The Karta Roadless Area is located on Prince of Wales Island in the Tongass National Forest within Southeast Alaska. Roadless areas in the Tongass have exceptional wilderness value and areas of high biological value. Although about half of the big old trees on the Tongass have already been felled for logging, the Roadless Rule helps protect about half of what is left. Roadless areas are home to salmon, spruce grouse, goshawks, bears, wolves, and many other birds and wildlife. Roadless areas provide humans with opportunities for fishing, hunting, bird-watching, backpacking, and wilderness solitude.
The Karta Roadless Area is found in the heart of Prince of Wales Island, and lies close to several other roadless areas as well as the Karta River Wilderness. This proximity to other nearby protected areas helps maintain a large, interconnected corridor for animals on Prince of Wales Island, which has been identified as a “hotspot” of biological diversity for southeast Alaska. Large populations of Sitka black-tailed deer, black bears, wolves, and other mammals are found in the Karta Roadless Area. Bald Eagles, Marbled Murrelets, Queen Charlotte Goshawks, Peregrine Falcons, and Osprey are all found in this area as well, all drawn to the big trees and healthy forests. Fish-bearing streams provide habitat for runs of coho, pink, chum, and sockeye salmon, as well as steelhead and cutthroat trout. The Karta Roadless Area and other roadless areas nearby collectively support these robust populations of fish, birds, and mammals. Because these individual places are protected, and because healthy connectivity exists between them, forest animals are able to thrive.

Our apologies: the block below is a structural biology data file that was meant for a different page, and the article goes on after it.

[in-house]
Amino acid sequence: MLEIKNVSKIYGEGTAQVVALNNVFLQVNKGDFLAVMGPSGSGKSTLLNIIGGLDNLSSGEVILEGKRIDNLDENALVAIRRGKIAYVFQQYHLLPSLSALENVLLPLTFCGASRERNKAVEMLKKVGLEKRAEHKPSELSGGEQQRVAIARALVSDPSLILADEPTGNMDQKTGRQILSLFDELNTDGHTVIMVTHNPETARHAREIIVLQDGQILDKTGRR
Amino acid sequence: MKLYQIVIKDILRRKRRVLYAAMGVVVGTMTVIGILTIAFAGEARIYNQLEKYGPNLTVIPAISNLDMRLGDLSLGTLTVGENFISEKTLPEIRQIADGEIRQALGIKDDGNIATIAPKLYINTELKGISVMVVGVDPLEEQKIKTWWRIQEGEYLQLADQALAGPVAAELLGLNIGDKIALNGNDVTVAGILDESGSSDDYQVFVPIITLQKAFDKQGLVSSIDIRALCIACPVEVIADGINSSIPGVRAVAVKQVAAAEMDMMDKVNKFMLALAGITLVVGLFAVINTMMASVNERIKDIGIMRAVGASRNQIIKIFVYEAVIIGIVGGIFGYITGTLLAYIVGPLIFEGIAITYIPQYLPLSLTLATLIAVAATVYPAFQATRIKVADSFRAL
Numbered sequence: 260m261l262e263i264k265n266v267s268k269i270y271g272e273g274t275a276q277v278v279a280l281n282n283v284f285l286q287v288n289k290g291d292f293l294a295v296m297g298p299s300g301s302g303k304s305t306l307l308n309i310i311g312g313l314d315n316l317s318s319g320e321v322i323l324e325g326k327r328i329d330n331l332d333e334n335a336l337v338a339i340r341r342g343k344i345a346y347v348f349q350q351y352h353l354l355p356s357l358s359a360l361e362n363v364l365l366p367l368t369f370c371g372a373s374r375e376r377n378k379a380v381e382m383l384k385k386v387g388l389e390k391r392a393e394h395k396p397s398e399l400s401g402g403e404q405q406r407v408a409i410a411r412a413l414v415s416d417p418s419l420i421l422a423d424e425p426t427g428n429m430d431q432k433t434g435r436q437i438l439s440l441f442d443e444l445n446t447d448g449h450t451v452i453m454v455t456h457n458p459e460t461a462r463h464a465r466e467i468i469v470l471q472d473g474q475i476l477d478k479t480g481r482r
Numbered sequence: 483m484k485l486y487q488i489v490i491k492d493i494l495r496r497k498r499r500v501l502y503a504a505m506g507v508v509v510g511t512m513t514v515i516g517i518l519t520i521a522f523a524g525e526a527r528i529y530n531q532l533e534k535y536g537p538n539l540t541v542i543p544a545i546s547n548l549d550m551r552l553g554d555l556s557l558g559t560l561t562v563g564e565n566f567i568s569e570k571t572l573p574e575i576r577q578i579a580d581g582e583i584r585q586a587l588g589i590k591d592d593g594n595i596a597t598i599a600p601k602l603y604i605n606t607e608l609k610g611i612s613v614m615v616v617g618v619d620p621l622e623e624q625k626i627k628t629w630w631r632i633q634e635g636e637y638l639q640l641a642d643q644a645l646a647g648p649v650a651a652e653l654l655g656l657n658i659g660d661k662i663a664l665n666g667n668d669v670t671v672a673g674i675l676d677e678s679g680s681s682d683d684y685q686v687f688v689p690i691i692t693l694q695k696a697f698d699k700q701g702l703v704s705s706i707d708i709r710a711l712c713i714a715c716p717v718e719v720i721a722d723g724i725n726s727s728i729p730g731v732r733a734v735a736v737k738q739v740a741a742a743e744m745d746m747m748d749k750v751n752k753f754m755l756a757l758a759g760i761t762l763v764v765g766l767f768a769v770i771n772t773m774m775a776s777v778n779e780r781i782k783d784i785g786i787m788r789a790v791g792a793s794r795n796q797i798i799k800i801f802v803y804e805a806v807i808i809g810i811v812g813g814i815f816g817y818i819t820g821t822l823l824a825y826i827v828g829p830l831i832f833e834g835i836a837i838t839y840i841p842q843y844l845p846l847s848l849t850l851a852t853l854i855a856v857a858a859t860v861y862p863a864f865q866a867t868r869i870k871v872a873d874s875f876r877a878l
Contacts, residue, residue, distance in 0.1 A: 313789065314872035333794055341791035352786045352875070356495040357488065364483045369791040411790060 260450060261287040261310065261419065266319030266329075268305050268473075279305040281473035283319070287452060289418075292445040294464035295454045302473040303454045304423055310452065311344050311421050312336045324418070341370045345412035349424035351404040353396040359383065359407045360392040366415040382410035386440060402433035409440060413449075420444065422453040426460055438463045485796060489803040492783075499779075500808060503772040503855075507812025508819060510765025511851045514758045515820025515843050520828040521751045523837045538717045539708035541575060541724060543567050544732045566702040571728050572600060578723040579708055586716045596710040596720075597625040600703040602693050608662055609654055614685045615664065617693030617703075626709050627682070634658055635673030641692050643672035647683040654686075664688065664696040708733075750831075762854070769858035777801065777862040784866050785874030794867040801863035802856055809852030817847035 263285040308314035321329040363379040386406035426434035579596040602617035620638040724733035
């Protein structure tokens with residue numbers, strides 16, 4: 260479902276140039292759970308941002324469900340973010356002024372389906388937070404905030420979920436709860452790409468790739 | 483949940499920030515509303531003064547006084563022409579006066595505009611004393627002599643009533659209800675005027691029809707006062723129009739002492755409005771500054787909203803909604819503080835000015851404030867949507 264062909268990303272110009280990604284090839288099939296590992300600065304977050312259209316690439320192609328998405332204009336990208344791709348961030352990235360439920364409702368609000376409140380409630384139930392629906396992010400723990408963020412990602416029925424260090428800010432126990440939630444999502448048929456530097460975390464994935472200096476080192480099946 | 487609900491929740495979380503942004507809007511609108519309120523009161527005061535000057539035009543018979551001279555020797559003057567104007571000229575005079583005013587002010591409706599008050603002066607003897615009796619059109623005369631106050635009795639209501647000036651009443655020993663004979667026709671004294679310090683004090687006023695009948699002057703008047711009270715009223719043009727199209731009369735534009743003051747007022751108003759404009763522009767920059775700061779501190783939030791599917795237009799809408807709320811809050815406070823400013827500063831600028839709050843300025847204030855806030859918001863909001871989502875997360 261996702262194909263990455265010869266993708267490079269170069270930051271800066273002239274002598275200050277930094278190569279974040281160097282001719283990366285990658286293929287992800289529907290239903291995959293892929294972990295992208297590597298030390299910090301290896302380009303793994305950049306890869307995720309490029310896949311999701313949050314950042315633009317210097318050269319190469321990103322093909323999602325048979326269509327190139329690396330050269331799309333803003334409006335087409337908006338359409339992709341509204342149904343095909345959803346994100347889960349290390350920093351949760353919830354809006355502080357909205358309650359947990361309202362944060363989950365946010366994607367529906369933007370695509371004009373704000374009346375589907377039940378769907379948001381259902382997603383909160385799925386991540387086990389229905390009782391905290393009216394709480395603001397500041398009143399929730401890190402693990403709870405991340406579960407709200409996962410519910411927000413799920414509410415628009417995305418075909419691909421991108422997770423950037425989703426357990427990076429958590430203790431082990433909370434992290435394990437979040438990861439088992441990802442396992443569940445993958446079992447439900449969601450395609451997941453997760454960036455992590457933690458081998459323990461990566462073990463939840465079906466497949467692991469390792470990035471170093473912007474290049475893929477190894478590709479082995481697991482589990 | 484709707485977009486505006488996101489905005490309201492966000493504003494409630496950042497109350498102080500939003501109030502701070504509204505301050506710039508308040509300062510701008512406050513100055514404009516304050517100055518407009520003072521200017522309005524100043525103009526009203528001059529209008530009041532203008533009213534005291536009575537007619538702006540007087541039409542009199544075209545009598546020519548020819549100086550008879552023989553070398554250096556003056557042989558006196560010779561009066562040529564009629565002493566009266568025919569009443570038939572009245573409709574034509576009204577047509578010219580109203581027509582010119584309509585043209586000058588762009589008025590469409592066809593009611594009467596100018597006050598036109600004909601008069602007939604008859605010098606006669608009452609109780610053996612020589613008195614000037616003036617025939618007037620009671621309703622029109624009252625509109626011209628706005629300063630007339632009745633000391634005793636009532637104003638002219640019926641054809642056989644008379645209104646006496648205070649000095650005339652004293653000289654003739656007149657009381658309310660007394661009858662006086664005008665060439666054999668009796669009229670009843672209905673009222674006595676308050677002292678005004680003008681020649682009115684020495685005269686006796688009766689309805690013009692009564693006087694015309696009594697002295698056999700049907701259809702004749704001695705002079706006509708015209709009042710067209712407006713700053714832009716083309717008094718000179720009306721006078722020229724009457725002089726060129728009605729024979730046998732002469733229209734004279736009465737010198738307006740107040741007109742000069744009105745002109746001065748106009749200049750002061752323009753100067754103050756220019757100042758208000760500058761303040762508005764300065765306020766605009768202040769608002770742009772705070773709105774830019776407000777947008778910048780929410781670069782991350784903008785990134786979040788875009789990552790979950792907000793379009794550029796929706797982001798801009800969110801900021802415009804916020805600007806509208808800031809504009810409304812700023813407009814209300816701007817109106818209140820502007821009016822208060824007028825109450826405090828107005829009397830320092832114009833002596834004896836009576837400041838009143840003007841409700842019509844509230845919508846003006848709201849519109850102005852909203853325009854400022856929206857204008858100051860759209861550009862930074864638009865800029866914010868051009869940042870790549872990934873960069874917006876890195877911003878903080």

The Roadless Rule operates on the Tongass to protect this roadless area and others from roadbuilding and logging. But efforts to chip away at these protections are underway, and the Tongass roadless areas are threatened by a rollback that specifically targets the big old trees that provide homes and connectivity for many animals.